A unique and viable approach to establishing local food self-reliance and building stronger communities.

Tuesday, March 17, 2009

Chitting Potatoes

Happy St. Patrick's Day! In this part of the world, St. Patty's Day is typically considered a good time to plant your potato crops. We'd like to have a really big potato crop at the community garden this year. Most people love potatoes, they store easily in the winter and, for the amount of space they take up in the garden you get a good return on your investment (each potato planted can produce as much as five pounds of harvest!) If you have your own garden this year, you can plant potatoes any time now. We'll put them in at the community garden just as soon as the ground isn't so soggy, and we get the tractor running. (Thanks for all your ideas for local tractor mechanics. We've got some good leads.)

If you haven't already, now is the time to start "chitting" any potatoes you've got sprouting under your sink. Chitting is a way to help the potatoes store up solar energy which makes them more likely to produce a big crop. The way to do this is to take the potatoes and put them near a window where they can get sunlight (don't put them in direct sun). They will start to turn a little green. If there are any long sprouts, they will harden off slightly making them less likely to snap off when we plant them. If you have potatoes larger than a hen's egg, with multiple "eyes", cut them so that each "eye has at least an egg-size piece of potato attached to it. After they have "greened up' a bit, and any cut parts have sealed over, they are ready to plant. Green potatoes are poisonous so don't eat them after chitting.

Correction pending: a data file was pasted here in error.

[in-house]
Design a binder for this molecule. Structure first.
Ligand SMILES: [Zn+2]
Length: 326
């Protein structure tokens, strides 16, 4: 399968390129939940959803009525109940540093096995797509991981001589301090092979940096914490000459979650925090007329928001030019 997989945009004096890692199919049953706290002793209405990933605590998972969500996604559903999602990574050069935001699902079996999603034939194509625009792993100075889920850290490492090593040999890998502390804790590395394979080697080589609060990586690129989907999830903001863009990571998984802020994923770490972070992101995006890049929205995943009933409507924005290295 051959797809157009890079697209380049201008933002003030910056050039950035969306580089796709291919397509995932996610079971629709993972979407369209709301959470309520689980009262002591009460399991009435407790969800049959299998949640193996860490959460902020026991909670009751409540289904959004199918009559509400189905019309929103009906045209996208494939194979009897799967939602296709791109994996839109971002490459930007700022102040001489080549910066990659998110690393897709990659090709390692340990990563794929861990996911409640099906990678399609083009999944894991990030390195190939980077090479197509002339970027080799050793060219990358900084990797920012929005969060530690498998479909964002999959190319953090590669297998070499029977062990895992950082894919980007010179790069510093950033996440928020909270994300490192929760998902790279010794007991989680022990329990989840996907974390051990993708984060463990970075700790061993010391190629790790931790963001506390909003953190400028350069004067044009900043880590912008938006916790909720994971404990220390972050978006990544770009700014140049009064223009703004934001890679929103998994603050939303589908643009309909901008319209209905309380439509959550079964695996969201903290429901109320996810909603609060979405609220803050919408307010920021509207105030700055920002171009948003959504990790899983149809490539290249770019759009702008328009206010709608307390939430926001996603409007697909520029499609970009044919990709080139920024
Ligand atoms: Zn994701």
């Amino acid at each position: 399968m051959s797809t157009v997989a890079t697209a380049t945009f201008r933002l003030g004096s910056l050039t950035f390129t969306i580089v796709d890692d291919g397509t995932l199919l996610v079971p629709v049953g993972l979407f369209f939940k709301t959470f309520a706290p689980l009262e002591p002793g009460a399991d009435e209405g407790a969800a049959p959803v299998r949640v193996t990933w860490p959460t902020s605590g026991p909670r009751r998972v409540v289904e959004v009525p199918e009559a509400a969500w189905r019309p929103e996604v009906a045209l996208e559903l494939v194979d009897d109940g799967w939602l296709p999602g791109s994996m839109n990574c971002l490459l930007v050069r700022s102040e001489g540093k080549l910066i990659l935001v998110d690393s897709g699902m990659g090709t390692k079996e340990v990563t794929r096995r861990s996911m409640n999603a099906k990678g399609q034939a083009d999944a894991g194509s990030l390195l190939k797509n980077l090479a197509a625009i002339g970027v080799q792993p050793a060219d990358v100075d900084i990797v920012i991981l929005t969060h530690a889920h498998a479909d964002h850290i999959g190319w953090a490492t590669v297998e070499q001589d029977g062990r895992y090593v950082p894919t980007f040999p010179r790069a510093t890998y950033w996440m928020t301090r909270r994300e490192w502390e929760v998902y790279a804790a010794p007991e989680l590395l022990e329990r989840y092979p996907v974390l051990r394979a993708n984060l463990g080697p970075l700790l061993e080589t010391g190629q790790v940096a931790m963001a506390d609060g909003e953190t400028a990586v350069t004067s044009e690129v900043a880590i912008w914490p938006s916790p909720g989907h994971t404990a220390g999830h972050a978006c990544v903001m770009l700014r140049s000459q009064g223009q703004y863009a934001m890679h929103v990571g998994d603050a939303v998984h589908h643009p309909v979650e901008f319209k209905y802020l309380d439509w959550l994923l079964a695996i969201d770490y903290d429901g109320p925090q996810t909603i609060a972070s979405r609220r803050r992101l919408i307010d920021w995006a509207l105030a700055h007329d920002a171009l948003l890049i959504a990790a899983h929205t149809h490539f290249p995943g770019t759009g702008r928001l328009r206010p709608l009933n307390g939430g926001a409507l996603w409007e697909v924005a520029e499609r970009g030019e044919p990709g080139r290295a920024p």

If all this is more than you want to take on right now, and you have sprouting potatoes you want to contribute, just drop them in front of the Alpine library door and send us an email that they're there so we can pick them up. We'll chit them and plant them in the garden.

Thanks to: Jack and Joanne: they found three of those carport frames that someone was going to take to the dump. These make excellent greenhouses (with a little bit of work). Thanks to the people at "Ten Rivers Food Web" for the warm welcome they have given us to link up with their site and help spread the word about our garden. They are a local group that advocates for healthy, local, organic solutions to food production and distribution. Click Here to see their website.

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